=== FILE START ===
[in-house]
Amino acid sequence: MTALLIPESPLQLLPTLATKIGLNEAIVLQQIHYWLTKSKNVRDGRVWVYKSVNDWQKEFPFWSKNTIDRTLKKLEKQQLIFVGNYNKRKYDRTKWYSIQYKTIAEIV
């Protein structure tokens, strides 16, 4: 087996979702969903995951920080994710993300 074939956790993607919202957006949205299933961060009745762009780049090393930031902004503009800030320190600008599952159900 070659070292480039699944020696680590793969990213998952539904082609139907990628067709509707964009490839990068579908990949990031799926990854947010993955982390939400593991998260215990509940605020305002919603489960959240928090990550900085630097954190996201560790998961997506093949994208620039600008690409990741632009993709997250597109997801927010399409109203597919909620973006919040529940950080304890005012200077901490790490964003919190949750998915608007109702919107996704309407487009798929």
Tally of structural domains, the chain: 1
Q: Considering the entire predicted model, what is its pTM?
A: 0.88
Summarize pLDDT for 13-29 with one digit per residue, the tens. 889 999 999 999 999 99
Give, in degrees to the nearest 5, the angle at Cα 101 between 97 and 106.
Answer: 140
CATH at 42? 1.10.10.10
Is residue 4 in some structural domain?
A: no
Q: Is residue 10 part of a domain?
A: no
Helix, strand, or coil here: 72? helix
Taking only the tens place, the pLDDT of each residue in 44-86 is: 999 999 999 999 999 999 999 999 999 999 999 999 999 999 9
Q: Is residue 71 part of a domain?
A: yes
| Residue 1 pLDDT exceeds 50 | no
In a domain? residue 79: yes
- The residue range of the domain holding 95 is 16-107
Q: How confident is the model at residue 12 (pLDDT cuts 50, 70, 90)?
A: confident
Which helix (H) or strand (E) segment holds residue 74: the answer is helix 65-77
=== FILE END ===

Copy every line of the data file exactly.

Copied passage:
[in-house]
Amino acid sequence: MTALLIPESPLQLLPTLATKIGLNEAIVLQQIHYWLTKSKNVRDGRVWVYKSVNDWQKEFPFWSKNTIDRTLKKLEKQQLIFVGNYNKRKYDRTKWYSIQYKTIAEIV
């Protein structure tokens, strides 16, 4: 087996979702969903995951920080994710993300 074939956790993607919202957006949205299933961060009745762009780049090393930031902004503009800030320190600008599952159900 070659070292480039699944020696680590793969990213998952539904082609139907990628067709509707964009490839990068579908990949990031799926990854947010993955982390939400593991998260215990509940605020305002919603489960959240928090990550900085630097954190996201560790998961997506093949994208620039600008690409990741632009993709997250597109997801927010399409109203597919909620973006919040529940950080304890005012200077901490790490964003919190949750998915608007109702919107996704309407487009798929």
Tally of structural domains, the chain: 1
Q: Considering the entire predicted model, what is its pTM?
A: 0.88
Summarize pLDDT for 13-29 with one digit per residue, the tens. 889 999 999 999 999 99
Give, in degrees to the nearest 5, the angle at Cα 101 between 97 and 106.
Answer: 140
CATH at 42? 1.10.10.10
Is residue 4 in some structural domain?
A: no
Q: Is residue 10 part of a domain?
A: no
Helix, strand, or coil here: 72? helix
Taking only the tens place, the pLDDT of each residue in 44-86 is: 999 999 999 999 999 999 999 999 999 999 999 999 999 999 9
Q: Is residue 71 part of a domain?
A: yes
| Residue 1 pLDDT exceeds 50 | no
In a domain? residue 79: yes
- The residue range of the domain holding 95 is 16-107
Q: How confident is the model at residue 12 (pLDDT cuts 50, 70, 90)?
A: confident
Which helix (H) or strand (E) segment holds residue 74: the answer is helix 65-77